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GRAND CAYMAN, B.W.I.-The appointment of William McCullough as head of insurance supervision and the establishment of the semi-autonomous Monetary Authority in the Cayman Islands has captive managers relieved and optimistic.

A measure of uncertainty surrounded the island domicile last year as many waited to see who would fill the void created in July when John Darwood, the island's deputy inspector of insurance since 1993, left to become senior adviser in the Insurance Division of the Guernsey Financial Services Commission.

That concern was resolved in November with the hiring of Mr. McCullough (BI, Jan. 27).

Mr. McCullough's appointment coincided with the startup of the Monetary Authority as well as passage of new legislation aimed at inhibiting white-collar crime in Cayman.

Mr. McCullough, a native of Northern Ireland, has held posts in insurance brokerage, underwriting and supervision around the world since 1976. Most recently he was general manager of a Commercial Union Assurance Co. P.L.C./Swiss Reinsurance Co. joint venture in Saudi Arabia. Prior to that, he was the insurance regulation and supervision adviser in Bahrain.

In other administrative changes, Christopher Collins was named deputy head of insurance supervision for the Monetary Authority, replacing John Mantz, who left the island when his contract expired last year. Mr. Collins has worked in the insurance industry in senior executive roles in Europe, South America and the United States.

Mr. McCullough, who signed a two-year deal but expects to stay at his post at least four years, said he has no great plans to overhaul Cayman's laws or regulations.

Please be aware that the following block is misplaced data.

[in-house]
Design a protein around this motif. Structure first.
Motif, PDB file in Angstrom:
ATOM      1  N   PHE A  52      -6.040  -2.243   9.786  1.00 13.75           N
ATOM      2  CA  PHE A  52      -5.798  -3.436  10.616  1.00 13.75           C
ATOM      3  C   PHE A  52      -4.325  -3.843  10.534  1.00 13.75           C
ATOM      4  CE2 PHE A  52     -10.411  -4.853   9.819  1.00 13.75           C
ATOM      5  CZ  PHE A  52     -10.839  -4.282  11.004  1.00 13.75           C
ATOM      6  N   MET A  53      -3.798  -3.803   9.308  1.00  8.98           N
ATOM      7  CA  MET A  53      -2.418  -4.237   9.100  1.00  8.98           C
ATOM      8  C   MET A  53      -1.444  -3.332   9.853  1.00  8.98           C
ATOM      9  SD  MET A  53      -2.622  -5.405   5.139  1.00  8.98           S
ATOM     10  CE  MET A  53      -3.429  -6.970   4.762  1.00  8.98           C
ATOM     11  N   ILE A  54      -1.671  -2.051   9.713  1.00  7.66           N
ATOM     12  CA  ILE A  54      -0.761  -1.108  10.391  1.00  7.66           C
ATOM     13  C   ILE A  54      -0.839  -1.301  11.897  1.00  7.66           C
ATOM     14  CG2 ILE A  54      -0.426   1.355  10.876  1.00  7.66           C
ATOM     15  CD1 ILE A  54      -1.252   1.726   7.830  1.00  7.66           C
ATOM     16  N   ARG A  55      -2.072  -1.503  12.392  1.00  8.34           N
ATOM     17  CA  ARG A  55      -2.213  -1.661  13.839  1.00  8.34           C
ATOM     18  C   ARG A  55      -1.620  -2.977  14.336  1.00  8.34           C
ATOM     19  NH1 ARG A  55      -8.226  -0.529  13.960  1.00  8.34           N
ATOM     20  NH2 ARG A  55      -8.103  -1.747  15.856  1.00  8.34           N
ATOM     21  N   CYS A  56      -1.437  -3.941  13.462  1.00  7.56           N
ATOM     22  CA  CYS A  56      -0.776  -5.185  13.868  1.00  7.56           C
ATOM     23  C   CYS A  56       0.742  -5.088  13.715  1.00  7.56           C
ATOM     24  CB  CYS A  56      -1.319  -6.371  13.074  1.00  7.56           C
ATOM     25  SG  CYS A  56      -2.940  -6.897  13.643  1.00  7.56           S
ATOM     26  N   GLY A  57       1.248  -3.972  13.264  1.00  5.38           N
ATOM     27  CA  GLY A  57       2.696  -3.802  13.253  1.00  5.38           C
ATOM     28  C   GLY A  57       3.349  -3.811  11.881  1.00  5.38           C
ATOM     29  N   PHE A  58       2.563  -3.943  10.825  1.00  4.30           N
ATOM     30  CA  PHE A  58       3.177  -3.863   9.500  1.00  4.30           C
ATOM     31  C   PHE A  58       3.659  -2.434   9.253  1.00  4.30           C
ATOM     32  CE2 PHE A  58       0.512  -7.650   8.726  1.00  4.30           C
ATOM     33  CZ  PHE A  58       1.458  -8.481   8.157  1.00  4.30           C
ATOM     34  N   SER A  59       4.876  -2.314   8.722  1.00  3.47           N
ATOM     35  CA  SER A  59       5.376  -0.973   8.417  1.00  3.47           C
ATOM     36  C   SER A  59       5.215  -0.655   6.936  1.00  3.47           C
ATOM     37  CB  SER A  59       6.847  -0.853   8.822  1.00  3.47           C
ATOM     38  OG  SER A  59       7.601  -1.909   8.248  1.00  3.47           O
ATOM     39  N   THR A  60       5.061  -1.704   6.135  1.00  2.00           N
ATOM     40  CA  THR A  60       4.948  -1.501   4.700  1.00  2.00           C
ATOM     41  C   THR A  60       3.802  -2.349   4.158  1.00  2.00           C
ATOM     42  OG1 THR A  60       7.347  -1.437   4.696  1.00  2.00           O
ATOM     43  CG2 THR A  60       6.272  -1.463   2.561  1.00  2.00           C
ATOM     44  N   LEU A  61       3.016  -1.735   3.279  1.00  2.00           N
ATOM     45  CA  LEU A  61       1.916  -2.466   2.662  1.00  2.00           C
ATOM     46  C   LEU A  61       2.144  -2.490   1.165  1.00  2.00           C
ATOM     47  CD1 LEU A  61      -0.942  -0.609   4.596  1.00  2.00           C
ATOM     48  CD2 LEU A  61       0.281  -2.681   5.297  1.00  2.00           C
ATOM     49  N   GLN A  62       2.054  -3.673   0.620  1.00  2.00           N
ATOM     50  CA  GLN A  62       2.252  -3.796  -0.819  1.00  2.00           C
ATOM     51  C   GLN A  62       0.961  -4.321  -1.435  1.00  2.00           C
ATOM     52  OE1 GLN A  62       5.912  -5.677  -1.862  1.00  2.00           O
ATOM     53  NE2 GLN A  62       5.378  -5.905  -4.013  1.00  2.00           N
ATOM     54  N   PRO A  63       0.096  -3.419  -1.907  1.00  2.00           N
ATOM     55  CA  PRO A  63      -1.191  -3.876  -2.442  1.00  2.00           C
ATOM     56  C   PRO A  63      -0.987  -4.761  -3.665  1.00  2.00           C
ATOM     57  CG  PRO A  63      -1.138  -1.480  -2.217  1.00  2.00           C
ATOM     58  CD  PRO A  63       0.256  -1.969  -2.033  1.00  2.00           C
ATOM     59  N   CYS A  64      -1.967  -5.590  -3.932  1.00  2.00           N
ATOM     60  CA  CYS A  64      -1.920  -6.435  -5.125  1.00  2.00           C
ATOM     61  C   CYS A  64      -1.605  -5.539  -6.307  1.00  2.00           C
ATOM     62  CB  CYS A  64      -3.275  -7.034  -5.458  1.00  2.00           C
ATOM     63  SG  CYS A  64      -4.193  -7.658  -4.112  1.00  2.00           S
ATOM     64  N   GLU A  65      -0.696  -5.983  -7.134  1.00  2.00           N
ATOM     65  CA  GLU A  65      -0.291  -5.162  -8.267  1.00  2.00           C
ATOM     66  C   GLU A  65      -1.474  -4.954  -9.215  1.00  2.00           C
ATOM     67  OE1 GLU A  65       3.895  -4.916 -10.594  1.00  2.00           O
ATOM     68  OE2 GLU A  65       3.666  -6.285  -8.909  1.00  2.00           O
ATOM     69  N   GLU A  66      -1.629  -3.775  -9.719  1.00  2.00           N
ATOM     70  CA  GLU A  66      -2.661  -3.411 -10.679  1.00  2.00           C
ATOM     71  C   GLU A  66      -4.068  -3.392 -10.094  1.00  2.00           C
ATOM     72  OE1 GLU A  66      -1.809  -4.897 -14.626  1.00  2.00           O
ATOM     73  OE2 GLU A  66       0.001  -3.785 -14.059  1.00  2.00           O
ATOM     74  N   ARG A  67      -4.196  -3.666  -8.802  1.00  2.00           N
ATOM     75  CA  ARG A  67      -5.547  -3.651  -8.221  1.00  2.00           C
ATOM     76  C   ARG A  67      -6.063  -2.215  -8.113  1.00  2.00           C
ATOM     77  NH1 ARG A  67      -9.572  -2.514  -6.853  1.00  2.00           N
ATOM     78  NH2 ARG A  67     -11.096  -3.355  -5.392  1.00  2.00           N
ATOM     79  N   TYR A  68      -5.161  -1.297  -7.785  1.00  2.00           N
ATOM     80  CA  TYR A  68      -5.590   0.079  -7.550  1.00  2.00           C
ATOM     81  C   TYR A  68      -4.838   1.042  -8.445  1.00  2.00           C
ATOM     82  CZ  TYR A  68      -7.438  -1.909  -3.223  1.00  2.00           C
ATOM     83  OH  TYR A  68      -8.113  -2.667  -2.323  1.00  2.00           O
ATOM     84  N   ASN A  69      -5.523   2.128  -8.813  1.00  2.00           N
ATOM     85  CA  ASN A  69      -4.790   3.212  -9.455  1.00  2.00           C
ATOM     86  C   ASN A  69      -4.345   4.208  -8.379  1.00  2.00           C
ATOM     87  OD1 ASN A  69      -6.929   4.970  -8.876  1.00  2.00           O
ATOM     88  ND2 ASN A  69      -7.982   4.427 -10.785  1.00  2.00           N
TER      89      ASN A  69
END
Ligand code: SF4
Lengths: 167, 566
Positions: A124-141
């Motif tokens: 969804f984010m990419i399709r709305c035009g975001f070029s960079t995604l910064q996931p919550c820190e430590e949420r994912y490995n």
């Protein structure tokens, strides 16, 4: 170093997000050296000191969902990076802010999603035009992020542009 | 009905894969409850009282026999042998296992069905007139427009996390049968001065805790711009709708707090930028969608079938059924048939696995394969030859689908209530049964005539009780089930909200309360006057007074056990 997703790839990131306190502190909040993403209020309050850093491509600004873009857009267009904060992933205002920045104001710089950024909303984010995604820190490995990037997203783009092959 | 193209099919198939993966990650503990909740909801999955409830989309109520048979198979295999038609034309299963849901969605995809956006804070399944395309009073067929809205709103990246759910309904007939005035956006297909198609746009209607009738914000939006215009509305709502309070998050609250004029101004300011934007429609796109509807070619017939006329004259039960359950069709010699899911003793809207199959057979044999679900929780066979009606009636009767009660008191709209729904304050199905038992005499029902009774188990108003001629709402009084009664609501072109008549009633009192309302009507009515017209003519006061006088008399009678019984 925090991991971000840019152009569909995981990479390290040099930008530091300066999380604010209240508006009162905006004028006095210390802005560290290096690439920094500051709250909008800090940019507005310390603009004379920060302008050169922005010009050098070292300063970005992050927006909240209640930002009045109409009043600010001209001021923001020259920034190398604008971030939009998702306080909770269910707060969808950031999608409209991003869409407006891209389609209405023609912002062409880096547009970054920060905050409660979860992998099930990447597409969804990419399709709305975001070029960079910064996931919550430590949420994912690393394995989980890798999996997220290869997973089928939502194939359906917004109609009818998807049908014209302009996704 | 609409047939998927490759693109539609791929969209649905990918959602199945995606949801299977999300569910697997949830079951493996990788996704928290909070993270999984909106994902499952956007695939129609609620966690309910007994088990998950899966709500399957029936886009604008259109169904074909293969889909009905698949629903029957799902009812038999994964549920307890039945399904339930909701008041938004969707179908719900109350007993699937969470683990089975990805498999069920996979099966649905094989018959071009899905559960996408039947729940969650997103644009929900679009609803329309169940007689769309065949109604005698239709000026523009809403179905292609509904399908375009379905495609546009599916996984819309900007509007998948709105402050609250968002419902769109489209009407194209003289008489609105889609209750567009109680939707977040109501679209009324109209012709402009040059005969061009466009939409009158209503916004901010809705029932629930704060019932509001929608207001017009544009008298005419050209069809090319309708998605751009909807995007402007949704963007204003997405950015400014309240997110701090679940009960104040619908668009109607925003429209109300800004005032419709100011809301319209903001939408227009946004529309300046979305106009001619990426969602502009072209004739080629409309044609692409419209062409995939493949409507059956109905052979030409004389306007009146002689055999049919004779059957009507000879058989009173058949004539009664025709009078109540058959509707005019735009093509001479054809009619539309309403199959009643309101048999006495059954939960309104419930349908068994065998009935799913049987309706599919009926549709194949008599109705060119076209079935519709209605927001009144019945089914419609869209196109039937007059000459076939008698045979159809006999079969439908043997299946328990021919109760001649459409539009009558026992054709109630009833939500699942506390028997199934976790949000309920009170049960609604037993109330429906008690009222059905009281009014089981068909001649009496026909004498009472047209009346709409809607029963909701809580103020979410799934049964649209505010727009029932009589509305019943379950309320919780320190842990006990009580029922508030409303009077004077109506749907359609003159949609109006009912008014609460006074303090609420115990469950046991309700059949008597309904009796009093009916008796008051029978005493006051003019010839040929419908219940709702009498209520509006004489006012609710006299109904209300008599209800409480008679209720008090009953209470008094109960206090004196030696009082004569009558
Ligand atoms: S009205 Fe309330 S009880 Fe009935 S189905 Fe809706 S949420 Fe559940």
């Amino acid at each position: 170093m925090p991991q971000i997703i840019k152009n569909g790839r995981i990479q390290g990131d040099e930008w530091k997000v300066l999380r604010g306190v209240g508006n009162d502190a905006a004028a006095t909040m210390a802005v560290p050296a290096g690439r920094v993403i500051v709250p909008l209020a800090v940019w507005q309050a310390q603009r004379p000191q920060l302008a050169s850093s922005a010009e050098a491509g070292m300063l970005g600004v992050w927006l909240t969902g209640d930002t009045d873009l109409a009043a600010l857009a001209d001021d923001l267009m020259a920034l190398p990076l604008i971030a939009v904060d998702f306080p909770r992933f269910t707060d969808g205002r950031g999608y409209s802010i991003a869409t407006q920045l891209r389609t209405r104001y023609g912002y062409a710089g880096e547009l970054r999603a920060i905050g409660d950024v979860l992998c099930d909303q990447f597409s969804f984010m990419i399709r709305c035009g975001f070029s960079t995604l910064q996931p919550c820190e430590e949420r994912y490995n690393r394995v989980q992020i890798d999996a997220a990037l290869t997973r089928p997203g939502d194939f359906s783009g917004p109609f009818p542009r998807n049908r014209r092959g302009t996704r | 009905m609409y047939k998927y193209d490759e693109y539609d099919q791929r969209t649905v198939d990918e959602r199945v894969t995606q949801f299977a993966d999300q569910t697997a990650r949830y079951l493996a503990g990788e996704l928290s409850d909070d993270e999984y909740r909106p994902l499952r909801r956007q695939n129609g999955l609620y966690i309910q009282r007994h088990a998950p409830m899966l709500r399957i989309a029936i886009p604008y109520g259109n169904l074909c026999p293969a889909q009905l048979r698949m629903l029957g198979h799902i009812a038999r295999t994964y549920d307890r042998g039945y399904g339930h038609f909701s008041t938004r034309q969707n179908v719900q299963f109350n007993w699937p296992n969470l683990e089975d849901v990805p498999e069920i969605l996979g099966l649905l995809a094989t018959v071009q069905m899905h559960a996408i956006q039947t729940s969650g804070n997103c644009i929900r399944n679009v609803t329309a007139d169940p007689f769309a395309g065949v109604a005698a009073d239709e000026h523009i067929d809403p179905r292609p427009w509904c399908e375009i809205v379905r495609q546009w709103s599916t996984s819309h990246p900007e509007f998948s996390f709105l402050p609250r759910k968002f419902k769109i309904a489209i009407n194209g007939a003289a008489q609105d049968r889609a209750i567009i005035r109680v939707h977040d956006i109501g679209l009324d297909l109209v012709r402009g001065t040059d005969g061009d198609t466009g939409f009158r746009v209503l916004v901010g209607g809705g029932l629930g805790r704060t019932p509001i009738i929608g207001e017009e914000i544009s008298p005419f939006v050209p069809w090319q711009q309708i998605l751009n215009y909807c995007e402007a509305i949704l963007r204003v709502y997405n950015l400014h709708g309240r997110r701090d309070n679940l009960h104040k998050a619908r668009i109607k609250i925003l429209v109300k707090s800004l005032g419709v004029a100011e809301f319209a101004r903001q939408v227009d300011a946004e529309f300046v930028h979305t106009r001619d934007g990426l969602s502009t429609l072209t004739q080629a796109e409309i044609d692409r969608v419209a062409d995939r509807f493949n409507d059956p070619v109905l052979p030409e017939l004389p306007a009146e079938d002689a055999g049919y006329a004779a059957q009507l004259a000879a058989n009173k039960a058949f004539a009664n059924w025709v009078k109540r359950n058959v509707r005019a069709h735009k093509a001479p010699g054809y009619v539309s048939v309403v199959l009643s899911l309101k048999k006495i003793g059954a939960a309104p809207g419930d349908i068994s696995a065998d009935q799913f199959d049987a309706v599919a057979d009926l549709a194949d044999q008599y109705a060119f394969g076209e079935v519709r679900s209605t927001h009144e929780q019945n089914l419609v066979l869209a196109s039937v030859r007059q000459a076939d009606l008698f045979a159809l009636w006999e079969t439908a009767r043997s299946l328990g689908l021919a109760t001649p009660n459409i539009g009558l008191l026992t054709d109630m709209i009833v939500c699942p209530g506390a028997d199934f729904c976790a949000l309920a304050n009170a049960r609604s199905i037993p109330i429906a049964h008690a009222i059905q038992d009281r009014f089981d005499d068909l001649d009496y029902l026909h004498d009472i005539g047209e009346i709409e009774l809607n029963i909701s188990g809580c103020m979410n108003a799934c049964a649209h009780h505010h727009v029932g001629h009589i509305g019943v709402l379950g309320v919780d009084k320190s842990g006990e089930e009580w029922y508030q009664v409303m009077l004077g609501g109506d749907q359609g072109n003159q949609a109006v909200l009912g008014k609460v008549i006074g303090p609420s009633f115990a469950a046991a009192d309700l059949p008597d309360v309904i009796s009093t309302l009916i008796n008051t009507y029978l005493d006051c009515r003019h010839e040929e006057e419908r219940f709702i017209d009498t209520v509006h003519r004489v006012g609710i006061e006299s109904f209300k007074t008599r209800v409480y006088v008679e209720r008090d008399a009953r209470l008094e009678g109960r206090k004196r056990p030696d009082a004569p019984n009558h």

Instead, his goal is "maintaining our position of importance," he said. "My predecessors have done a magnificent job" in bringing Cayman to its position. "I hope to make more progress."

"There will be some changes, but more to clarify and streamline current regulation, rather than change," he said.

"I'm not going to reinvent the wheel. I'm just going to add more oil to make it work a little smoother," he said.

For captive managers, it is Mr. McCullough's and Mr. Collins' private sector experience and the Monetary Authority's new semi-private sector status that has them most pleased.

In creating the Monetary Authority, the Cayman Island government disbanded the Financial Services Supervision Department, which oversaw insurance and banking, and created a more widespread unit that oversees banking, insurance, mutual funds, management companies, the Cayman's Currency Board and the island's new stock exchange.

While the Monetary Authority is still quasi-governmental, it is one step away from a bureaucracy and one step closer to the private sector.

"We're relieved it's all finished and settled," said Seamus Tivnan, general manager of Marsh & McLennan Management Services (Cayman) Ltd. "They've done an excellent job of getting it together quickly."

(contd. part 2)